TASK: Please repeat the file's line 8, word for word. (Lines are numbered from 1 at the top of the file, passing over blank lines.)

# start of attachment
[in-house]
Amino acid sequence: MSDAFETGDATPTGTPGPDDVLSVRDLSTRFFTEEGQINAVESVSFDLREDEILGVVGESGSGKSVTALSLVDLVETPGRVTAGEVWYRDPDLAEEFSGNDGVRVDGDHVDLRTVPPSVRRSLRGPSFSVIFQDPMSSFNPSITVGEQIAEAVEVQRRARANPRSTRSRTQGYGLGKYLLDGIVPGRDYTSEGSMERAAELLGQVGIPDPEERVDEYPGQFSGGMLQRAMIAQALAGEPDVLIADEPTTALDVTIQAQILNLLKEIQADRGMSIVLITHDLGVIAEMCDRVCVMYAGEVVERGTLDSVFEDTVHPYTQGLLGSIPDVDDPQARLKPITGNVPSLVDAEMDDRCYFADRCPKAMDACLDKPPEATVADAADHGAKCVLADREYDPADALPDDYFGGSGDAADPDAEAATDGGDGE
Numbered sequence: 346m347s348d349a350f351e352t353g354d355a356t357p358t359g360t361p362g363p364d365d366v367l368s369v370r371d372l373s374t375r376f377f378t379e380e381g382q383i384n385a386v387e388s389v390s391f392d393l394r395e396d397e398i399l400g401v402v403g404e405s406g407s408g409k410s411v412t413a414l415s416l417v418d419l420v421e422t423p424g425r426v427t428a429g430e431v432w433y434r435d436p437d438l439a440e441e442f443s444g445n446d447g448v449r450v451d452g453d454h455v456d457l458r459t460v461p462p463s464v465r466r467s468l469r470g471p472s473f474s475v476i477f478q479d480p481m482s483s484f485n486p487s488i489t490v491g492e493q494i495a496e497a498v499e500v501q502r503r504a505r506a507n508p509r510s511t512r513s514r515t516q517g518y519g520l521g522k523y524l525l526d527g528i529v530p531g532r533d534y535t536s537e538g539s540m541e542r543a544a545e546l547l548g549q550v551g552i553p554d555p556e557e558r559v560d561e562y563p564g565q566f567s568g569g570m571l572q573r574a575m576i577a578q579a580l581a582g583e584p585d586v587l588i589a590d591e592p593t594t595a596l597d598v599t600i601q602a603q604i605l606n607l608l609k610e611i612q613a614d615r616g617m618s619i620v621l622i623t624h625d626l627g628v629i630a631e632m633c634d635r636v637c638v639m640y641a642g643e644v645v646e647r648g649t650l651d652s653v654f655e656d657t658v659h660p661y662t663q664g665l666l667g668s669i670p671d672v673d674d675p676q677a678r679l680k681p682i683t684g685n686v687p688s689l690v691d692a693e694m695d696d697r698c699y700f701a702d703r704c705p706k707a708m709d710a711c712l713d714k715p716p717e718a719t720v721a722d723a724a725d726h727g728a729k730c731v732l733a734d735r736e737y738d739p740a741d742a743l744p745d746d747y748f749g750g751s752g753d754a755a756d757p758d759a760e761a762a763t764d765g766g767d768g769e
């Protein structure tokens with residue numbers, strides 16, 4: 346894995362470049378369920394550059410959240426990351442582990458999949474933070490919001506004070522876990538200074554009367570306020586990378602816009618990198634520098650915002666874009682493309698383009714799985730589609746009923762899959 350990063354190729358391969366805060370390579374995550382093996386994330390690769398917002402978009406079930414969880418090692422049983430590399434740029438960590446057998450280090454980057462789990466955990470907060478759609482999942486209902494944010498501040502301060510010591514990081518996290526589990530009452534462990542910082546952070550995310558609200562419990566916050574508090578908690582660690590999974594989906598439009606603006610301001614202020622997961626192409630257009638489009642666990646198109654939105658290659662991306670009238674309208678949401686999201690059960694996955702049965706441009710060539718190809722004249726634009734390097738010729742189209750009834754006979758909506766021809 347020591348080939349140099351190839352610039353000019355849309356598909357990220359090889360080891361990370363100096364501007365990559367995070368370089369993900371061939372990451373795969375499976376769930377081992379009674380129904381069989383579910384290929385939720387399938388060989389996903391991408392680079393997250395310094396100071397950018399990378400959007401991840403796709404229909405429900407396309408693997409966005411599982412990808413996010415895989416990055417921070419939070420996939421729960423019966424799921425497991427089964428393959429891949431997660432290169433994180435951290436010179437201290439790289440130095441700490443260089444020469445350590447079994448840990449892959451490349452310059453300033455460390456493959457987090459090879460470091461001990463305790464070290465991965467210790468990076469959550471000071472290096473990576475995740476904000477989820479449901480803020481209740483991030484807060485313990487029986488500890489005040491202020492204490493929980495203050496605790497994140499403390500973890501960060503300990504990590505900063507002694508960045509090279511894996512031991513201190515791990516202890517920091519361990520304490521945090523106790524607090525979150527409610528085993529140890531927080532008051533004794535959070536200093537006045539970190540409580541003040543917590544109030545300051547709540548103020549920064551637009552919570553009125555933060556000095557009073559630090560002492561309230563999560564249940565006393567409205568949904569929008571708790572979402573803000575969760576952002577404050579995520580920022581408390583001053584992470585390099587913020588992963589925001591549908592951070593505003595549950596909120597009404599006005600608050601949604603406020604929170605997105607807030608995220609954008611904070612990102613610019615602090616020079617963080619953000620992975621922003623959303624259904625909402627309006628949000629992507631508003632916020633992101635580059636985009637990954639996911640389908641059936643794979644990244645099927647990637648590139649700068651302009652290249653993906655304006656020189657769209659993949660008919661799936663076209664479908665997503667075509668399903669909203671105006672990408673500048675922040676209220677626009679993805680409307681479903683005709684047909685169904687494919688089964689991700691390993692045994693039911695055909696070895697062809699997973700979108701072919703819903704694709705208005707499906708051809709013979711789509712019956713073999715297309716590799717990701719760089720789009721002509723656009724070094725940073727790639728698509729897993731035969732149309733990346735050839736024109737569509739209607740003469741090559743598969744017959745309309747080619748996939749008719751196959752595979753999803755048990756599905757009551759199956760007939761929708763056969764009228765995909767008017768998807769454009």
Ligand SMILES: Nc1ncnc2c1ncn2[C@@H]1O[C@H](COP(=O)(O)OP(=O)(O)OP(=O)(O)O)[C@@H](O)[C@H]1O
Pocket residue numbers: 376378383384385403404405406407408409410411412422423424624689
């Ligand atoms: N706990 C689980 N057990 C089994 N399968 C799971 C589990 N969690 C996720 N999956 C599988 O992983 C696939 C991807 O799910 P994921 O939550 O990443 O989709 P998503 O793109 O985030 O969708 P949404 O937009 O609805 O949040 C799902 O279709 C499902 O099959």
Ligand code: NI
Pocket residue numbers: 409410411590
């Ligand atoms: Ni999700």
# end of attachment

Ligand code: NI